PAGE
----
It is important, in our view, that there continues to be a uniform position across the United Kingdom. Reserving will ensure we take a coherent and consistent approach to the way public authorities within the UK subsidise businesses, supporting the smooth functioning of the UK’s internal market. A unified approach will reduce uncertainty for UK businesses and prevent additional costs in supply chains and to consumers.
Also in reply to the noble Lord, Lord Fox, I say this reservation does not impact the devolved Administrations’ existing spending powers. The devolved Administrations will continue to make decisions about devolved spending on subsidies—how much, to whom and for what—within any future UK-wide subsidy control regime.
The Government announced in September that the UK will follow World Trade Organization rules for subsidy control from
UK government officials have been meeting, and will continue to meet, their devolved Administration counterparts on a regular basis. We are keen to ensure that the devolved Administrations are involved in the upcoming consultation process. I hope that noble Lords will agree that this approach is the best, and indeed the only, way to ensure that the whole of the UK can benefit from having a consistent and coherent system of subsidy control, which is necessary to support the smooth running of the UK internal market. I therefore commend that Clause 50 stands part of the Bill. I hope that I have answered at least some of the questions from the noble Lord, Lord Fox. If not, I will write to him to confirm the other points.
I turn to Amendments 169A, 169B and 169C, in the name of my noble friend Lady Rawlings. They seek to amend the definition of a subsidy for the purpose of their reservation. They would add to this definition that a subsidy will also include “research and development grants”. The interpretation provisions contained in Clause 50 set out what is classed as a subsidy for the purpose of this reservation. We define a subsidy as including assistance provided to a person, directly or indirectly, financially or otherwise. The definition includes examples of this assistance as income or price support, grants, loans and guarantees.
For the purpose of the reservation of subsidy control, the definition of a subsidy is deliberately broad to ensure that we have sufficient scope to design a future domestic regime that meets the needs of the United Kingdom. To ensure that we cover a broad range of financial interventions, the definition is not currently limited by reference to any specific policy purpose or sector. Subsidies may be given for a variety of purposes, and it would be anomalous to single out just one of them here. The current wording in the clause already encompasses assistance provided to a person directly or indirectly by way of grants and is therefore sufficient to cover research and development grants as my noble friend intends. Therefore, the Government do not think that the amendments are legally necessary. I hope that, in the light of that information, my noble friend will be able to withdraw her amendment.
With every answer, there come more questions, I am afraid. The Minister sought to explain that the devolved authorities will still be able to spend the money—I think those were the words that he used—but I am interested to know to which money he is referring. How in future will they get their hands on the money? Will there be a competitive bidding process? Is it part of the formula? Is that the money that he is talking about? Perhaps he could outline what he means by “the money”, because it is not entirely clear to me. He is looking at me as though I am being slightly stupid and I shall be very happy to be educated by him in writing rather than verbally.
I certainly did not intend to imply that at all and I apologise if the noble Lord got that impression. I was talking about the existing block grants that the devolved Administrations have. It is their existing spending power—the money that they spend at the moment. They will continue to make decisions about their devolved spending on subsidies, as they do at the moment—how much, to whom and for what—within any future UK-wide subsidy control regime if, following consultation, the Government and Parliament decide that we want to legislate in this space. I hope that I have resolved the noble Lord’s question; if not, I will certainly write to him.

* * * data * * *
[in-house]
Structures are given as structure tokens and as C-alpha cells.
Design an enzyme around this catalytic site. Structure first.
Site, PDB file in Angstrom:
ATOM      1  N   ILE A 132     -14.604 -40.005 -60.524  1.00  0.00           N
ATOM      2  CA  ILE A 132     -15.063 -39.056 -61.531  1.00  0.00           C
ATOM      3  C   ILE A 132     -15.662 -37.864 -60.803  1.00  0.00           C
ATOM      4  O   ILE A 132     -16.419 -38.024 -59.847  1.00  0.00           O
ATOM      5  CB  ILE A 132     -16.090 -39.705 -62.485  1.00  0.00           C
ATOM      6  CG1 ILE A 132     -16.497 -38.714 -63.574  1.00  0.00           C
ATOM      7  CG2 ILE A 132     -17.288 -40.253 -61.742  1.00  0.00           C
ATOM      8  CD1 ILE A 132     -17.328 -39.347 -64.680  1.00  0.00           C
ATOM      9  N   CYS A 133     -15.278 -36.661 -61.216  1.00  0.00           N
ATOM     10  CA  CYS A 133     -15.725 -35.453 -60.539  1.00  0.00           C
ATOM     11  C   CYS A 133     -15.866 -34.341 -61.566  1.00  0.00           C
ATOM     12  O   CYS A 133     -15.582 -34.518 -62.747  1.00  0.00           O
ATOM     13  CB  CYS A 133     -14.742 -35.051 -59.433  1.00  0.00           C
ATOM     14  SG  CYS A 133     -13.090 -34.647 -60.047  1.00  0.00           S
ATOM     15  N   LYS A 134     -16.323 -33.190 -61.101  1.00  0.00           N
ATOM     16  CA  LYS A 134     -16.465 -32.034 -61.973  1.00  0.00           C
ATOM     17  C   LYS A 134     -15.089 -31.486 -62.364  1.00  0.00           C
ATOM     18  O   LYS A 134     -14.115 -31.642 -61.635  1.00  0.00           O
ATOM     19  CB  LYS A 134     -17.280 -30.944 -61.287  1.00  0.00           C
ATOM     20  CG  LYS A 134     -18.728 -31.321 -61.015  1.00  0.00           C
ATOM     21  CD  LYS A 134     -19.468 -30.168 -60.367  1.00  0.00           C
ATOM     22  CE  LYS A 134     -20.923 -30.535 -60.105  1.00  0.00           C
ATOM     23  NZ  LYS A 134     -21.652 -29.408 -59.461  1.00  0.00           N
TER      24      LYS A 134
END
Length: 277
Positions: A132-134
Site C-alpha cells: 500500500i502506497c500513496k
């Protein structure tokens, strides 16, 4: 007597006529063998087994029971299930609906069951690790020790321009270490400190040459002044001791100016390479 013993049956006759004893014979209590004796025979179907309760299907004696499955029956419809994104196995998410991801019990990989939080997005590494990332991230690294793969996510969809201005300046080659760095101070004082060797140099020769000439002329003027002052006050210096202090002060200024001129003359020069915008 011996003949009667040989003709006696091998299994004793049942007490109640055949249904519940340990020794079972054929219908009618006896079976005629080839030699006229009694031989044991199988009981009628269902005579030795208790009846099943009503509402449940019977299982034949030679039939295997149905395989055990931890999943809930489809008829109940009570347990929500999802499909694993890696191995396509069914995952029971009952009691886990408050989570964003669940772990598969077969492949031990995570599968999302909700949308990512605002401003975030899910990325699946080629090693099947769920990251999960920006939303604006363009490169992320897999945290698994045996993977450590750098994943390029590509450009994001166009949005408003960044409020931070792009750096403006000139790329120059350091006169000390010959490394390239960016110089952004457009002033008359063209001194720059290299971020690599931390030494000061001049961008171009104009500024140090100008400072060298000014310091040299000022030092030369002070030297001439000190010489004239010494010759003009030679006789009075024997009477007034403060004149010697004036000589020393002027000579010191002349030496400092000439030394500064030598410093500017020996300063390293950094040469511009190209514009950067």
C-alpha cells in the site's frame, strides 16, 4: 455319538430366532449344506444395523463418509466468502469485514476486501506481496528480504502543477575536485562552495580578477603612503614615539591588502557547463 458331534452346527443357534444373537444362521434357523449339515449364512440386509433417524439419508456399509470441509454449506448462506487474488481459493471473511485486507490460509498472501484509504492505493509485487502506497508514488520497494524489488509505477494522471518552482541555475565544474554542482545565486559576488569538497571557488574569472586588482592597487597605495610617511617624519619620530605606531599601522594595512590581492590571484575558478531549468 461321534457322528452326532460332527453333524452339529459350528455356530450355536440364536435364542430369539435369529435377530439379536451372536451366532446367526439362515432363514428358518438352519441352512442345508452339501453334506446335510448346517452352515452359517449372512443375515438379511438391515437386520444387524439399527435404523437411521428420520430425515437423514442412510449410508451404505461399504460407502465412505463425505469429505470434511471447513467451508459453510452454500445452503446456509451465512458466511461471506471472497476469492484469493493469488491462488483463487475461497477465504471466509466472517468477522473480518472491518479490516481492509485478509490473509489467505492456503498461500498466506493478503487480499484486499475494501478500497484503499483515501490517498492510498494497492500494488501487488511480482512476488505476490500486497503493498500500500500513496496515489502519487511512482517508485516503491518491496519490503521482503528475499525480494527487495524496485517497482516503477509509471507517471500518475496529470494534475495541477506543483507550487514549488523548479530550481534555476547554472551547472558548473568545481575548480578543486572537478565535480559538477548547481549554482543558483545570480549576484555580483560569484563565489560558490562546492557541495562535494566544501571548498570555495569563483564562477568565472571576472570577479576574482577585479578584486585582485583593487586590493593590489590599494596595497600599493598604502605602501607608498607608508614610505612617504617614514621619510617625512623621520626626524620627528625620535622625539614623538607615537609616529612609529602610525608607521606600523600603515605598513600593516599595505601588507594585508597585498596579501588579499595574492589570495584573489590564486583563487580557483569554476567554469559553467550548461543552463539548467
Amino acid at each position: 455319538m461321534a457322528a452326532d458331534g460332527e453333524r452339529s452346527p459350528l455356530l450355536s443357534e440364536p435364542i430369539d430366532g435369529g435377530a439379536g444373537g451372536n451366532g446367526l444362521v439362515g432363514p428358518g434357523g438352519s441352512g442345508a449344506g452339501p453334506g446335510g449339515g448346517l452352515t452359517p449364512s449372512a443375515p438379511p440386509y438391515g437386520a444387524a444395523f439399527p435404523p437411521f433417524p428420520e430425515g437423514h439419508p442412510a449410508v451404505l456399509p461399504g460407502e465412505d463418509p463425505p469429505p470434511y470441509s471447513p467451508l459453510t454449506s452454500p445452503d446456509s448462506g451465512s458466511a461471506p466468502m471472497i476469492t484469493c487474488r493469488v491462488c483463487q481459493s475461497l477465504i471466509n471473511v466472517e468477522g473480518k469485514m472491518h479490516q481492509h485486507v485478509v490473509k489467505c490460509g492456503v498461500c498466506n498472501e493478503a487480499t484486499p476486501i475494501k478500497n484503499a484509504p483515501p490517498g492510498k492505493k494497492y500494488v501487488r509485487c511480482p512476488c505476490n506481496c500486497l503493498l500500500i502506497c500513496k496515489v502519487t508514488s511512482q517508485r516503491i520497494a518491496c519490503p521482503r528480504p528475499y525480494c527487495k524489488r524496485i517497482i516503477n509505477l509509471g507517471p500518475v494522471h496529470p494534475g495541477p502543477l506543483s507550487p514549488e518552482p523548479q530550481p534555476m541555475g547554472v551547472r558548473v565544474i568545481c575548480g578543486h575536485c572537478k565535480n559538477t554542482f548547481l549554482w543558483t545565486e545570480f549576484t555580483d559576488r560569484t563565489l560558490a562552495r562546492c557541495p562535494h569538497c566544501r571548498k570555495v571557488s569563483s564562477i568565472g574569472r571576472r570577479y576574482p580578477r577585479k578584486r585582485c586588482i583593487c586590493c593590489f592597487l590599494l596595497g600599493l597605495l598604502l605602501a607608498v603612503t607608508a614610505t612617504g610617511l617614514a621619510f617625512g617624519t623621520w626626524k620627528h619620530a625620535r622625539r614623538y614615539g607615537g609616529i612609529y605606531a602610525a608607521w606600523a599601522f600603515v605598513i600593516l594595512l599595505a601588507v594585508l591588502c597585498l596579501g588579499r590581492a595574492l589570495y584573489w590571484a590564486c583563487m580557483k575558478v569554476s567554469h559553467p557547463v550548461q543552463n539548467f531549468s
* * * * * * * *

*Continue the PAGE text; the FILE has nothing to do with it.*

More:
My Lords, I thank the Minister for his courteous and careful reply, and I thank all noble Lords who have spoken to these amendments, for and against. I am sorry that at this late hour several of your Lordships have, understandably, withdrawn.
I am most grateful to the noble and learned Lord, Lord Thomas. I take his point on the devolved matters and thank him for his very interesting contribution. I thank the noble Baroness, Lady Finlay, for her probing remarks, as always, and my noble friend Lord Trenchard, who fully understood what I am trying to do. I am most grateful to him for his kind words. I thank the noble Lord, Lord Fox, for his support. The noble Lord, Lord Stevenson, always makes good points and always asks even better questions.
My noble friend the Minister said that state aid was a reserved matter but we can design our own. I was not quite clear about that. I was even less clear on his explanation of why R&D should not be included; I feel that it is too important not to be included.
To conclude, these modest amendments are hardly revolutionary and are purely intended to help the Government in any future contracts so that we are less likely to lose out; it is a shame that the Government are not able to accept them. I hope that there may be some other way. I may return to the subject of research and development on Report. Having said that, for the time being, I beg leave to withdraw my amendment.
Amendment 169A withdrawn.
Amendments 169B and 169C not moved.
Clause 50 agreed.
Clauses 51 and 52 agreed.
Amendments 170 to 174 not moved.
Clause 53: Regulations: general
Amendment 175 not moved.
Clause 53 agreed.
Clause 54: Regulations: references to parliamentary procedures
Amendment 176 not moved.
Clause 54 agreed.
Clause 55 agreed.
Clause 56: Extent, commencement and short title
Amendments 177 to 180 not moved.
Clause 56 agreed.
Bill reported with amendments.
House adjourned at 11.47 pm.